Physician Shortage Gives Rise to Preferred Access Solutions
According to the AAMC, the United States is expected to face a shortage of 124,000-159,000 physicians by 2025. This does not include another 25% projected shortfall should policies such as universal healthcare coverage pass through congress.
The growth of the U.S. population age group 65+ through 2025 is a staggering 4 or 5 times the growth of the number of physicians during the same time period.
According to the AAMC the number of physicians selecting family medicine careers has dropped 27% between 2002 and 2007. General surgeons also dropped nearly 26% since 1981.
Physicians will become increasingly overloaded due to this shortage along with lower insurance reimbursement rates; patients will see longer and longer wait times for appointments and office visits.
Emergency room average wait times are on the rise as well mainly due to an increased number of ER visits. Average ER wait times have been estimated between 1-4 hours. Many Americans who have lost their jobs or do not have health insurance are now using the ER as their means of primary care. Although the American Recovery and Reinvestment Act (ARRA) reduces the COBRA premium in some cases. After losing her job with a pharmaceutical company, a pharmaceutical representative saw her health insurance premiums decrease from $241.77 as an employee to $84.62, a substantial decrease. There are restrictions on who qualifies and the length of time they are valid, so consult with your human resources manager or individual healthcare insurance representative for more details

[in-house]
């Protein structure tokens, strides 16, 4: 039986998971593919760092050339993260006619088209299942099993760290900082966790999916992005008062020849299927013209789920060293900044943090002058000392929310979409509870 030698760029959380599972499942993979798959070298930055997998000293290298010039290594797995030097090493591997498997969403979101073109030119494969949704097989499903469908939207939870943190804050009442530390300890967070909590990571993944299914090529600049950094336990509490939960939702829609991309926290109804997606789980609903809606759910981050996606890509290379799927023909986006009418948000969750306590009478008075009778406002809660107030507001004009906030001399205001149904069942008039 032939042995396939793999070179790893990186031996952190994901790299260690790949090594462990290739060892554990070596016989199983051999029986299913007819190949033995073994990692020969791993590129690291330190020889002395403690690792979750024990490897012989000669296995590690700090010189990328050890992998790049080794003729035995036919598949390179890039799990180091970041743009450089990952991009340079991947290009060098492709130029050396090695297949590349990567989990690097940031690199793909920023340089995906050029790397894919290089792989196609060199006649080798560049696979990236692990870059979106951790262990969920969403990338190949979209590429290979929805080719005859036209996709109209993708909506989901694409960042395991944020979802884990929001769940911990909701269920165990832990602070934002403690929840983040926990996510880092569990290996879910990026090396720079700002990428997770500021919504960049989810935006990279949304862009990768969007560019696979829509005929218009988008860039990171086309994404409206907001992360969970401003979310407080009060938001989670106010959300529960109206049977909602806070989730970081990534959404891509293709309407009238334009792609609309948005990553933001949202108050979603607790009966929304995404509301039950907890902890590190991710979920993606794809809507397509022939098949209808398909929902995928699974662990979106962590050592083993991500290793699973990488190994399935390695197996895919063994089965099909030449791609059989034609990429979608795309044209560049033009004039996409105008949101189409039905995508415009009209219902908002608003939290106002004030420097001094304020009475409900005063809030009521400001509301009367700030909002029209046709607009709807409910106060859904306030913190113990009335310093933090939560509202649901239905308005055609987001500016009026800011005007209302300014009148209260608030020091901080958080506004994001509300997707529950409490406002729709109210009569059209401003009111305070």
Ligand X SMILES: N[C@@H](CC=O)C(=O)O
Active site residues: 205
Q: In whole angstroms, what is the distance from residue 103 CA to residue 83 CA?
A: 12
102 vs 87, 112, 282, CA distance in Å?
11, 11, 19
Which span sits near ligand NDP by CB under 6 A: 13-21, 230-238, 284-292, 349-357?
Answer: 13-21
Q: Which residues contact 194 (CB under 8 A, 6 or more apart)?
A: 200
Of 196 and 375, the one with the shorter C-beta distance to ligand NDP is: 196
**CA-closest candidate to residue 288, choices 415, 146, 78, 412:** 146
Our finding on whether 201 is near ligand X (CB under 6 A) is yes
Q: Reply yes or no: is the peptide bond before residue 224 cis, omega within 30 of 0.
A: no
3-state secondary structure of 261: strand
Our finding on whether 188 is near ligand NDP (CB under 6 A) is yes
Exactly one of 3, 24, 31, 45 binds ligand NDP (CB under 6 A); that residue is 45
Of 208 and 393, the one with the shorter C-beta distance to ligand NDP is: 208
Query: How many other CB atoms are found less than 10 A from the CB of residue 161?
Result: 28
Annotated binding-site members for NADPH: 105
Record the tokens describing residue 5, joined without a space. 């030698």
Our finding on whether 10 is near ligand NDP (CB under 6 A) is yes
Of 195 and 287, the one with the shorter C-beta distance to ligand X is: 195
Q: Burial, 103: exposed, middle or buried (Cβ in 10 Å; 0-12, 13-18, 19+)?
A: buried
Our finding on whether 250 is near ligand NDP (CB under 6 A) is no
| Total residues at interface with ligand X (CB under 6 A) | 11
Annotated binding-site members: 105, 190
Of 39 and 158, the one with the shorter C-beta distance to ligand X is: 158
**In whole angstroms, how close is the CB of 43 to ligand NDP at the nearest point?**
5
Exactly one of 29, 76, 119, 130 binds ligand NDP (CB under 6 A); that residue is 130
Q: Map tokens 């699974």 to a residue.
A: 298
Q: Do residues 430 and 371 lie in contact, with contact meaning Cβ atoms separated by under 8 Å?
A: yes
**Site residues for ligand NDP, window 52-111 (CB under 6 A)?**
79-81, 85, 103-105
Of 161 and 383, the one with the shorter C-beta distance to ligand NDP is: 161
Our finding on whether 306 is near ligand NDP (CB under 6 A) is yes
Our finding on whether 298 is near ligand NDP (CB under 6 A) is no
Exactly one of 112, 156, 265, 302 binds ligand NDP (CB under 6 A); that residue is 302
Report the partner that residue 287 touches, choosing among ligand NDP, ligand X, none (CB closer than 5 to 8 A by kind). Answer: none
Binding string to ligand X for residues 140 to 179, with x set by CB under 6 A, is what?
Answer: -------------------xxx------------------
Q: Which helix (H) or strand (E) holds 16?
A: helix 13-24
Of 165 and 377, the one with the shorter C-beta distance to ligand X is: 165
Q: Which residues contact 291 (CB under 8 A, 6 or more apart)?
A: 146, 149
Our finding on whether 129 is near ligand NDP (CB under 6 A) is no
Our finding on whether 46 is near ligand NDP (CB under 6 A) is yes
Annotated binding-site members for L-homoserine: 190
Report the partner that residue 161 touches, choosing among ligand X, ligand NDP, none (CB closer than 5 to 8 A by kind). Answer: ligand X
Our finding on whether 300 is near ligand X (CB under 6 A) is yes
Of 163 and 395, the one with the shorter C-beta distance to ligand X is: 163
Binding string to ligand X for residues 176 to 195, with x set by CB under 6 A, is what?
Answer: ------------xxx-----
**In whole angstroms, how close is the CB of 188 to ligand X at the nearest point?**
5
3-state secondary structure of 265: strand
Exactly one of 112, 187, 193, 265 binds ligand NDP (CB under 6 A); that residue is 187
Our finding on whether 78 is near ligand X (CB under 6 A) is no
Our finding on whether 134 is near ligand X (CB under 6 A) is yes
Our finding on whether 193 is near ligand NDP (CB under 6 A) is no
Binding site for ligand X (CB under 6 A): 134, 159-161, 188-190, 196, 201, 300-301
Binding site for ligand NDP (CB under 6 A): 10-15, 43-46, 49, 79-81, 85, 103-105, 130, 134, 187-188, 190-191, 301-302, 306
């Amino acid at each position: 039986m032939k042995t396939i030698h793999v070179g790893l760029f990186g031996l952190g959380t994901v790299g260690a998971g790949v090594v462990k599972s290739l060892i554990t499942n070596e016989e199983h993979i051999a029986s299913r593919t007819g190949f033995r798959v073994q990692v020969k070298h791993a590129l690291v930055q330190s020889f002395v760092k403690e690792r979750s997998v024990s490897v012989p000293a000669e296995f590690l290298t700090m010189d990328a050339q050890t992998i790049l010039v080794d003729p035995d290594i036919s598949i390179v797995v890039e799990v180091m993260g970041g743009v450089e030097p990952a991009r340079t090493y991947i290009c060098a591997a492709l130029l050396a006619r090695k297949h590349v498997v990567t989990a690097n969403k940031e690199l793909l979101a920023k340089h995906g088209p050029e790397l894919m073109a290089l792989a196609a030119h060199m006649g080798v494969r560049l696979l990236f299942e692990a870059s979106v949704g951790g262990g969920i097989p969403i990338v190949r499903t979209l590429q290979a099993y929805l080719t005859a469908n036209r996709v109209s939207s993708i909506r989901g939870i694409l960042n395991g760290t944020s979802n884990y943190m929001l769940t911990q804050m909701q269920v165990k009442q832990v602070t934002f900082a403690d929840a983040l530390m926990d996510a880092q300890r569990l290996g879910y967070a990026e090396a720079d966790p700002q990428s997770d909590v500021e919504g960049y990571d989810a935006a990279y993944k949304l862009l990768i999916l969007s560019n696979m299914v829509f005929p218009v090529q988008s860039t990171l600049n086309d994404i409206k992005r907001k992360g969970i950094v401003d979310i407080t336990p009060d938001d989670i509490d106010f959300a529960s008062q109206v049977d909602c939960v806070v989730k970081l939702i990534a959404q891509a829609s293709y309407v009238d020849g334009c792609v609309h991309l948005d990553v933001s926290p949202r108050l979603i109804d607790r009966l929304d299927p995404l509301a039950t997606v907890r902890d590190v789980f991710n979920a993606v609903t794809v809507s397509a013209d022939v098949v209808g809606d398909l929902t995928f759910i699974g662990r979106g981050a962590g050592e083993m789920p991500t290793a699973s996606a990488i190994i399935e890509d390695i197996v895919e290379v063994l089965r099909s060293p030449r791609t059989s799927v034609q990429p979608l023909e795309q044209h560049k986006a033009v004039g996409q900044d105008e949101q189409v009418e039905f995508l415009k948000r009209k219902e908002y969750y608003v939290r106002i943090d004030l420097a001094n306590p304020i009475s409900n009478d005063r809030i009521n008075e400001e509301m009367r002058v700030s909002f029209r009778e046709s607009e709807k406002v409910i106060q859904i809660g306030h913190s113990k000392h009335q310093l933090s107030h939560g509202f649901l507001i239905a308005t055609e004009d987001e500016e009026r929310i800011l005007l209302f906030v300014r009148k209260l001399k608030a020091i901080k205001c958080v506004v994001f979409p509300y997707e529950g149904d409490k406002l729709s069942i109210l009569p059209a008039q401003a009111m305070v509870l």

An immediate solution which has seen a major rise since 2005 is concierge medicine. Physicians charge an annual fee for preferred access. This creates more revenue to meet operational costs for the physician and a decrease in the number of patients they need to see on a daily basis. Patients opting in to the preferred access solution pay the annual fee and receive same or next business day appointments and expedited office visits. Patients who opt out, depending on the type of concierge practice will either have the option to stay with the doctor (hybrid medical concierge) or will have to leave their doctor (traditional medical concierge model).
A substantial number of physician practices will be integrating either of these medical concierge models as a solution. There has already been a rise from 500 concierge (some type of fee for service outside of insurance) type practices in 2005 to 5000 currently according to the Society for Innovative Medical Practice Design.